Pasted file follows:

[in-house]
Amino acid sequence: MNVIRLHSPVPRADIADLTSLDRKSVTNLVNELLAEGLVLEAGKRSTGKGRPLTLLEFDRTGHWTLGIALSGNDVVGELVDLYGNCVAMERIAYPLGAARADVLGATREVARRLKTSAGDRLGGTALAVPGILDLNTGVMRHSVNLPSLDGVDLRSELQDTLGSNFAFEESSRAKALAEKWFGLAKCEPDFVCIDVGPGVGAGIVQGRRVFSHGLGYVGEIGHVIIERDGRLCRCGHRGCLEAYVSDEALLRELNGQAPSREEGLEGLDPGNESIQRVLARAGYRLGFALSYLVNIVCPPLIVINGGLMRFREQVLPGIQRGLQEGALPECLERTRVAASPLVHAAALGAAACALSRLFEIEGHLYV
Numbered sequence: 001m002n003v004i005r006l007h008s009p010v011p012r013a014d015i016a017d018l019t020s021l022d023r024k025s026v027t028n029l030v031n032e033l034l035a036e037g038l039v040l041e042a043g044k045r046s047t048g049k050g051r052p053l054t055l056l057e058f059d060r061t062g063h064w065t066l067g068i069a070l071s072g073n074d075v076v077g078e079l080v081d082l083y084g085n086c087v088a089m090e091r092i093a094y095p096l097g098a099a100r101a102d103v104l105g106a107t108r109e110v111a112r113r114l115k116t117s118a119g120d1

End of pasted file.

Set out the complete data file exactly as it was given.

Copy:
[in-house]
Amino acid sequence: MNVIRLHSPVPRADIADLTSLDRKSVTNLVNELLAEGLVLEAGKRSTGKGRPLTLLEFDRTGHWTLGIALSGNDVVGELVDLYGNCVAMERIAYPLGAARADVLGATREVARRLKTSAGDRLGGTALAVPGILDLNTGVMRHSVNLPSLDGVDLRSELQDTLGSNFAFEESSRAKALAEKWFGLAKCEPDFVCIDVGPGVGAGIVQGRRVFSHGLGYVGEIGHVIIERDGRLCRCGHRGCLEAYVSDEALLRELNGQAPSREEGLEGLDPGNESIQRVLARAGYRLGFALSYLVNIVCPPLIVINGGLMRFREQVLPGIQRGLQEGALPECLERTRVAASPLVHAAALGAAACALSRLFEIEGHLYV
Numbered sequence: 001m002n003v004i005r006l007h008s009p010v011p012r013a014d015i016a017d018l019t020s021l022d023r024k025s026v027t028n029l030v031n032e033l034l035a036e037g038l039v040l041e042a043g044k045r046s047t048g049k050g051r052p053l054t055l056l057e058f059d060r061t062g063h064w065t066l067g068i069a070l071s072g073n074d075v076v077g078e079l080v081d082l083y084g085n086c087v088a089m090e091r092i093a094y095p096l097g098a099a100r101a102d103v104l105g106a107t108r109e110v111a112r113r114l115k116t117s118a119g120d1